- Associated Press - Wednesday, May 28, 2014

SACRAMENTO, Calif. (AP) - Workers can recover unpaid wages by placing liens on property owned by their employers, including businesses and homes where they performed work, under a bill that passed the Assembly on Wednesday.

AB2416 heads to the Senate on a 43-26, party-line vote after pitting many of California’s leading labor groups against business groups that criticized the proposal as unjust.

Assemblyman Mark Stone, D-Scotts Valley, said his bill addresses a broken system for low-wage workers such as janitors, restaurant workers and garment industry employees who are denied overtime, paid breaks and minimum wage protections.

A study last year by the UCLA Labor Center and National Employment Law Project found 83 percent of workers with successful wage claims in California between 2008 and 2011 never recovered their paychecks. That was mostly driven by employers who dissolved their businesses.

“Some of the lowest-paid workers in the state of California do not have adequate access to wages they earned but have not been paid,” Stone said.

The bill attracted strong opposition from business groups, including the California Chamber of Commerce, which warned that employees would be able to place liens without bringing forward evidence of actual wage theft.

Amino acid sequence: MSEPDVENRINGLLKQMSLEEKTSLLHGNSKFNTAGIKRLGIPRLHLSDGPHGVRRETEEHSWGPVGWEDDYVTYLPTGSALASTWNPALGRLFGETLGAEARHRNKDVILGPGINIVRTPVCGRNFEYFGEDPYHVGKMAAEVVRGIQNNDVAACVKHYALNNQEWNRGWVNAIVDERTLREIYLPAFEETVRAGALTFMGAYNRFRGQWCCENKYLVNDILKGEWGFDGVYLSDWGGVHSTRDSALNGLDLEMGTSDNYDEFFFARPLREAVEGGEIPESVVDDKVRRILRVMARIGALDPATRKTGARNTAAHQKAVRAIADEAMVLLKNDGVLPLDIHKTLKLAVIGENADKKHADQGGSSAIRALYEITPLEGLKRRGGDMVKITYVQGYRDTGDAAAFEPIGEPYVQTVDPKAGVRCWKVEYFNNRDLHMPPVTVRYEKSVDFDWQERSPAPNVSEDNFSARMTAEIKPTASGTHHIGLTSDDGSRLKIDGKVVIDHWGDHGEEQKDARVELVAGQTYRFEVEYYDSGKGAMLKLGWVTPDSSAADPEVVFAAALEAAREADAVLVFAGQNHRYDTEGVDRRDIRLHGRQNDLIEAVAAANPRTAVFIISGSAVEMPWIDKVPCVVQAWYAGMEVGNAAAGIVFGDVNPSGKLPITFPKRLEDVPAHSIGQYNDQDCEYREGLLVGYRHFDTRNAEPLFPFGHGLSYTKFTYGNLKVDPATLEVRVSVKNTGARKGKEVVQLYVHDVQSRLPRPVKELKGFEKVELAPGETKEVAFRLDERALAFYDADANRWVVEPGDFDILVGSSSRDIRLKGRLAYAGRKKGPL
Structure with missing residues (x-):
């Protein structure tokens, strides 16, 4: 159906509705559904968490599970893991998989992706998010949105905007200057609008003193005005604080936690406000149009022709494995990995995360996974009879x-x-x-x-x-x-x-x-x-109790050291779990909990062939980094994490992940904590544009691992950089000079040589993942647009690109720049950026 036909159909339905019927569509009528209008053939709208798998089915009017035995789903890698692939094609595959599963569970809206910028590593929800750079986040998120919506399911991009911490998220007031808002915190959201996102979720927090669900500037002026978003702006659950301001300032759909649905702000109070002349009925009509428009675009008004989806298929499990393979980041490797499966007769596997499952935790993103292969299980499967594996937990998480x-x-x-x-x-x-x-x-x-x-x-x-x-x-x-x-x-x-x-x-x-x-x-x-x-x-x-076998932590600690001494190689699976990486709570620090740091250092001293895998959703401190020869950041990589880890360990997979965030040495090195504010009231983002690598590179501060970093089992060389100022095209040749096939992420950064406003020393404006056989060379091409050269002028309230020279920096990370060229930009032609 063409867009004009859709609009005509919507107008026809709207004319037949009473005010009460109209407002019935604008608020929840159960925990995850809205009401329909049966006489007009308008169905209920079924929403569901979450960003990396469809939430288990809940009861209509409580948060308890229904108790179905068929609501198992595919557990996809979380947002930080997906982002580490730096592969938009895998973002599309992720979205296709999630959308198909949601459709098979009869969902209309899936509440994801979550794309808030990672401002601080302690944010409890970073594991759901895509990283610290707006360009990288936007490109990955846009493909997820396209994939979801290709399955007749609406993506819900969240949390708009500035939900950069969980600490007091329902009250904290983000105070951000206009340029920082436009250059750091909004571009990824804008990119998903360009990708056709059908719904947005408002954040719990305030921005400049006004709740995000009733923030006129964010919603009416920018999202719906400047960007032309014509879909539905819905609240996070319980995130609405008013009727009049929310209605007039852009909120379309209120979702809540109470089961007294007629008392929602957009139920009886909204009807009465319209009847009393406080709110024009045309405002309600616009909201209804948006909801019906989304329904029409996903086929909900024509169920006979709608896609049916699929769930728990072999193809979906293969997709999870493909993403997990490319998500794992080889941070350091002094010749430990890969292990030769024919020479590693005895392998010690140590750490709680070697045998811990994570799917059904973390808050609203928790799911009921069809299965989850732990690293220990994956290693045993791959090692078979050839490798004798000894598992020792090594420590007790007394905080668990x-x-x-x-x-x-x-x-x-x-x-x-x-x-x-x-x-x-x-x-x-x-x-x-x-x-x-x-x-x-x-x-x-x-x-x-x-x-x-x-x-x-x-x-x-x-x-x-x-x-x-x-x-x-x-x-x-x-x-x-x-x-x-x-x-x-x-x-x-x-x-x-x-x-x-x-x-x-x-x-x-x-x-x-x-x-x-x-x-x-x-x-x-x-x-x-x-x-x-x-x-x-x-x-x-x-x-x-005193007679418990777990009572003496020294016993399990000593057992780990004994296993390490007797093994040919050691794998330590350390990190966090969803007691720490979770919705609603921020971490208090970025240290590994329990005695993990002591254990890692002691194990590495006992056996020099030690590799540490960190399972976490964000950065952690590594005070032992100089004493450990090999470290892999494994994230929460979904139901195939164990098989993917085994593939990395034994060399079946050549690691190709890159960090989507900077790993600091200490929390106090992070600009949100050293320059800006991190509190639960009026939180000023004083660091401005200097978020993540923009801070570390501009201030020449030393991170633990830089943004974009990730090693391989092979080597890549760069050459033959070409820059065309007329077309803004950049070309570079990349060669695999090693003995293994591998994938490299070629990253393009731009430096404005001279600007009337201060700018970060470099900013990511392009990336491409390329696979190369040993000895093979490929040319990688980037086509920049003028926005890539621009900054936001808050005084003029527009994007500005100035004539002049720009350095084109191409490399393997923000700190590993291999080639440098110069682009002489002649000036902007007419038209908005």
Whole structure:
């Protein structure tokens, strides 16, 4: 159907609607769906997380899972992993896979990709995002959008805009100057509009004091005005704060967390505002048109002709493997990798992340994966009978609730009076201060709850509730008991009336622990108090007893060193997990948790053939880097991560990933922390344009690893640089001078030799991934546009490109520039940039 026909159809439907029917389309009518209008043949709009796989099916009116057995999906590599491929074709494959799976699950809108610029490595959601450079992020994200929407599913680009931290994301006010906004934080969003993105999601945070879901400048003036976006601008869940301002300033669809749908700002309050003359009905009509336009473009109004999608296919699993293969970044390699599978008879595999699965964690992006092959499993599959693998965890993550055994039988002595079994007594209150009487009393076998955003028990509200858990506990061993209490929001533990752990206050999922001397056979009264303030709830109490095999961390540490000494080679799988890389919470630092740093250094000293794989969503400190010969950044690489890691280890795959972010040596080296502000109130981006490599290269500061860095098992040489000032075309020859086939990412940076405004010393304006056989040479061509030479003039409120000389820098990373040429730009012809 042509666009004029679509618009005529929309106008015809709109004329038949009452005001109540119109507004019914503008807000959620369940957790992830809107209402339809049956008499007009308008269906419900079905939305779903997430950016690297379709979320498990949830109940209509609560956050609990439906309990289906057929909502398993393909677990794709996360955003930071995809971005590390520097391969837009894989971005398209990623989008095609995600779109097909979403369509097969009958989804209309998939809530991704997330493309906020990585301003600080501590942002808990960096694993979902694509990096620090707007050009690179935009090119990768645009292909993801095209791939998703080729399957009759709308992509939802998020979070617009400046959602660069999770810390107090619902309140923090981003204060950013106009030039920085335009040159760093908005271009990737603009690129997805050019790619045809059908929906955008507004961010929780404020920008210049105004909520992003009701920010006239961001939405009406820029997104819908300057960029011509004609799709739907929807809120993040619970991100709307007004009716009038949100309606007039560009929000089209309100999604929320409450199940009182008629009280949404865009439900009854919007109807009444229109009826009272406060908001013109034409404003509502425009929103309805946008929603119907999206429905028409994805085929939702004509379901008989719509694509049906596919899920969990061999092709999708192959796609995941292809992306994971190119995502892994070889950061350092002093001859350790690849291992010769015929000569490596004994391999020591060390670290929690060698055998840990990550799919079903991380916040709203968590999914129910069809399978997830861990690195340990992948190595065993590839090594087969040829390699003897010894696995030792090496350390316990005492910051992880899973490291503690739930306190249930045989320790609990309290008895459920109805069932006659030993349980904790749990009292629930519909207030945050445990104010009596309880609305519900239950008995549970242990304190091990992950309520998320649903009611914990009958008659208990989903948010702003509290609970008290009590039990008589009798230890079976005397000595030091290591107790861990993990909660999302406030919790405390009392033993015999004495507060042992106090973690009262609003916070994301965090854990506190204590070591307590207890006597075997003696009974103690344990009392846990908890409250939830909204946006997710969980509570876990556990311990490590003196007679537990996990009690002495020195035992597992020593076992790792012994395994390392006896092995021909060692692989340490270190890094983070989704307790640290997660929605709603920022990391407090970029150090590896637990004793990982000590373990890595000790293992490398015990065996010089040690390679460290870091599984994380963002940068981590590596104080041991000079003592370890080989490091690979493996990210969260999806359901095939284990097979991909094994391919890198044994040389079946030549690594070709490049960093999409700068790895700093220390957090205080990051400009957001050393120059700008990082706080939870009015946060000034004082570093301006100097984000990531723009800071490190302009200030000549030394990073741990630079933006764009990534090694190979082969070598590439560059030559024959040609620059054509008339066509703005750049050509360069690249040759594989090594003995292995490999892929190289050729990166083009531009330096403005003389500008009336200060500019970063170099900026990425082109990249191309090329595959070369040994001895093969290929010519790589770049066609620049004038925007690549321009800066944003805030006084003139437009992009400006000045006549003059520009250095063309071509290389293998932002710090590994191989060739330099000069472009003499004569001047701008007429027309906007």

Several Republican lawmakers said the bill would drag innocent third parties into labor disputes by allowing liens on real property where work is performed. For example, the bill would allow liens to be put on a homeowner if a maid working for a cleaning service was underpaid.

“That lack of connection between wrong and remedy is antithetical to American law,” said Assemblyman Donald Wagner, R-Irvine.

Stone said his bill is focused primarily on commercial property and businesses, such as office buildings contracting for security services. He also said the idea of liens against homeowners’ properties for unpaid labor is not new because provisions in the California Constitution allow construction employees to seek liens on property they helped develop.


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